Kyle Cong captures the natural look with Profoto B2

Written by Seth Chandler on . Posted in On location, Portrait photography

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© Kyle Cong

 

“I like shooting on location,” Kyle says. “My lighting and camera setting are all about blending my strobe lights with ambient. I want the quality of the light that strobes can give and I also want my photos have that natural look.”

The natural look he seeks extends to the way the models pose, with a blend of candid and directed shots. “I found most of my favorite works are the ones captured when the models are not looking at the camera or not even posing or waiting for me to take the shot,” he says.


Challenging location

The Canadian Museum of Flight in Langley, British Columbia has so many vintage aircraft that composing a shot isn’t easy. “I would like to have had a shot of the whole airplane but it’s impossible to do without letting the other ones getting into the frame,” Kyle says.

To showcase the airplane, Kyle needed to shoot upwards which meant using the sky as the background. “Unless there is a good sunset with beautiful clouds, the sky will look pretty boring most of the time,” he says. “Many times, I had to choose between a better composition with a boring sky or compromise my composition to avoid it.”

Changeable weather also complicated the shoot because it was a windy day with some fast moving clouds that blocked the sun from time to time. “My ambient light kept changing dramatically,” he says. “I needed to keep changing my settings to match up, so I used TTL mode to quickly get to my start point and tweaked from there when necessary. I find this is a very efficient way to handle this type of situation.”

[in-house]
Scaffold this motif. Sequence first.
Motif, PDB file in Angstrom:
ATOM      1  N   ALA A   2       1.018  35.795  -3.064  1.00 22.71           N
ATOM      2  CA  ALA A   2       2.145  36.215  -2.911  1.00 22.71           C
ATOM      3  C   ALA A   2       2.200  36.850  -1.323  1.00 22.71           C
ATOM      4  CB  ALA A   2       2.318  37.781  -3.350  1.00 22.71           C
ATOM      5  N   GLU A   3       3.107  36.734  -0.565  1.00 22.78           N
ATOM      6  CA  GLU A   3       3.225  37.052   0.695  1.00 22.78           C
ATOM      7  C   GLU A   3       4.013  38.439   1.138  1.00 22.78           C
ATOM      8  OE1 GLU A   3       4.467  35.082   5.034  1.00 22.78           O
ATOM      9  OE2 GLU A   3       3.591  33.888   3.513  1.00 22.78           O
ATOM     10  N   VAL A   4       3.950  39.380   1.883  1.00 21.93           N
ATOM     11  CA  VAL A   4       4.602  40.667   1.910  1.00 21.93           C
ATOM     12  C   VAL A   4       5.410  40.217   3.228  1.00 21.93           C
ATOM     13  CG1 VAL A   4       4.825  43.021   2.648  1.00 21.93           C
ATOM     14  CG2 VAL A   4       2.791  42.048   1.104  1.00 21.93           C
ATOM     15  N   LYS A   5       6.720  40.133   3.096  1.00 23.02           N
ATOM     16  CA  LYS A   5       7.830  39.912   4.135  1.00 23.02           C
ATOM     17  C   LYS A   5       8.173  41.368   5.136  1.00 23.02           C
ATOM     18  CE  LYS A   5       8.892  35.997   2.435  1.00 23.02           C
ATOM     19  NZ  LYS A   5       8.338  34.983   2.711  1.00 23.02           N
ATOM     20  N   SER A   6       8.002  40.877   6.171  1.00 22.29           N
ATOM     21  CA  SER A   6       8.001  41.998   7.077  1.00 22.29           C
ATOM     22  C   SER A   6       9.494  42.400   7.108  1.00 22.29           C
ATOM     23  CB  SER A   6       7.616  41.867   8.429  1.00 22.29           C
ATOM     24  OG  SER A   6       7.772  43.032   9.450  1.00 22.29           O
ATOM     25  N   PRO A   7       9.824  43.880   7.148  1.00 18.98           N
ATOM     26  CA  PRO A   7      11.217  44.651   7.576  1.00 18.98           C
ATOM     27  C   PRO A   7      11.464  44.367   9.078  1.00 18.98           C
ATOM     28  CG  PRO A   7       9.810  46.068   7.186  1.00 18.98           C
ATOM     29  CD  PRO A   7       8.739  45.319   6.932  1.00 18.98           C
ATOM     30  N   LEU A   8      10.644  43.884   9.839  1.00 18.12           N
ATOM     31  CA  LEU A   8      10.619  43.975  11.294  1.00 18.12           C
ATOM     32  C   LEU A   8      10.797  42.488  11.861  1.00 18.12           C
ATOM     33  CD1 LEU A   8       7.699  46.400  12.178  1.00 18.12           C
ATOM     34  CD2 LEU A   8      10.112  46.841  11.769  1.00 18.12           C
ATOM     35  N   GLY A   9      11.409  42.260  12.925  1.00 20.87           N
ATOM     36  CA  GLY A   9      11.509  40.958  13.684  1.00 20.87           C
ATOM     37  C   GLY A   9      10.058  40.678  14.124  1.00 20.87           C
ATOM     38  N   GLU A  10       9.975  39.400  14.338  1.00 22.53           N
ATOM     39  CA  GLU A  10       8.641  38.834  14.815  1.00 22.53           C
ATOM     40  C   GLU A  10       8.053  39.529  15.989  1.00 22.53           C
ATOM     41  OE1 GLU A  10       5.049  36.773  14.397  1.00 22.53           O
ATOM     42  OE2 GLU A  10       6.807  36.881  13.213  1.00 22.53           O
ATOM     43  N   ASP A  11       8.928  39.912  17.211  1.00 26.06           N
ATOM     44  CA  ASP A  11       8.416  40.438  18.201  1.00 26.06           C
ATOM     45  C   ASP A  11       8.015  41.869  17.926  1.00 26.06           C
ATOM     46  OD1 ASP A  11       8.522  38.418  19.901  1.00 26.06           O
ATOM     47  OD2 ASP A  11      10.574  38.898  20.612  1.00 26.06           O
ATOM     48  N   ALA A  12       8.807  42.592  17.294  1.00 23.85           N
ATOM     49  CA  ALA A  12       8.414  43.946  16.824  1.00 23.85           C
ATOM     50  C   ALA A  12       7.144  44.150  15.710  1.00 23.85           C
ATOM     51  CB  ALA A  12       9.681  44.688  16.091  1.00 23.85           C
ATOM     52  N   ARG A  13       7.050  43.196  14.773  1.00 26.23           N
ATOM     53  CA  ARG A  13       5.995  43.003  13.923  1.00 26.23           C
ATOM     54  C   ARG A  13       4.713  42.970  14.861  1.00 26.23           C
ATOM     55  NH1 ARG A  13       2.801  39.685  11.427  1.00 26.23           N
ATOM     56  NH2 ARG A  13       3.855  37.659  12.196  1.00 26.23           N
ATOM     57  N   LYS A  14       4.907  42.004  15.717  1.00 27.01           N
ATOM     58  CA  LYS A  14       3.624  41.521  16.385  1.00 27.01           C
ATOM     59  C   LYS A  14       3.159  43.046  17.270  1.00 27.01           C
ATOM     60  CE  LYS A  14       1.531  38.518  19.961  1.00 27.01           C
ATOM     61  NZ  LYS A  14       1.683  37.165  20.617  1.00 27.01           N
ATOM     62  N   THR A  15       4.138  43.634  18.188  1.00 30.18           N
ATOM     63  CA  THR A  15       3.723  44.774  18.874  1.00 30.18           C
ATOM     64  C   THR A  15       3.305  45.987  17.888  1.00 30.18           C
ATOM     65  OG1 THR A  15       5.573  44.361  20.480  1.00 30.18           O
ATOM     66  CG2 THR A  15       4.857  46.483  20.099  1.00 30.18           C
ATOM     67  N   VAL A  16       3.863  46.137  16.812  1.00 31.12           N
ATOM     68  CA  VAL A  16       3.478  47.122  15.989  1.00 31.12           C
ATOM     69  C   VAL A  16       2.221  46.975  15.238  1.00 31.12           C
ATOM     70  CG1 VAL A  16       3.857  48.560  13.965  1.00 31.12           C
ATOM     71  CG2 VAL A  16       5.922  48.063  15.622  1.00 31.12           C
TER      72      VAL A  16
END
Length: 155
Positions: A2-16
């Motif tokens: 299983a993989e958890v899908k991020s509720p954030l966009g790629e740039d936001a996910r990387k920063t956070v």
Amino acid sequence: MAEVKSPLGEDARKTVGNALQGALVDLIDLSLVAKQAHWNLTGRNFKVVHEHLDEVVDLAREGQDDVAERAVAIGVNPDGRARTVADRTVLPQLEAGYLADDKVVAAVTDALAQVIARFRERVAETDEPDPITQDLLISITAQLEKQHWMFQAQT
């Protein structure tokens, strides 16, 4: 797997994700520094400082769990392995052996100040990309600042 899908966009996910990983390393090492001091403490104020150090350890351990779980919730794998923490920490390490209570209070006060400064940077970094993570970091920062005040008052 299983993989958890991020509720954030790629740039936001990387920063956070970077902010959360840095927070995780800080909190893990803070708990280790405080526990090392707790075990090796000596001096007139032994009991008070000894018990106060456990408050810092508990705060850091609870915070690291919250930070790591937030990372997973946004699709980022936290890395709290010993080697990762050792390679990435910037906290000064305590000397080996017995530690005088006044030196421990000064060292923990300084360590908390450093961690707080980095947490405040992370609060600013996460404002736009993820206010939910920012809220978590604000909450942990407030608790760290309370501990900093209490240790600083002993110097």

For this shoot, Kyle used a Nikon D810 with Sigma 35 art and 50 art lens. For the lighting, he used a Profoto B2 with the Profoto OCF Softbox 2×3’. The B2 was triggered by Profoto Air Remote TTL-N.

 

© Kyle Cong

 

© Kyle Cong

 

© Kyle Cong

 

Portable, versatile, easy to set up

Kyle says that for him, equipment must be battery powered, lightweight and easy to set up. The system also has to offer a wide variety of light shaping tools.

“I really like Profoto B2 with its OCF light modifiers,” Kyle says. “It offers everything that I need. It’s so small that I can pack everything in one bag. It’s easy to setup. The OCF Softboxes have the front diffuser and inner baffle prebuilt. All I need to do is put it on the OCF Speedring. It’s as easy as setting up an umbrella.”

The package comes with a small strap, which Kyle uses to attach his B2 near the bottom of the light stand to make it work as a sand bag. “The combination of B2 and OCF Softbox is very light weight, I can move it around with just one hand,” he says. “I can confidently tell you that without these, I wouldn’t be able to get to where I am now.”

 

Constant movement—without an assistant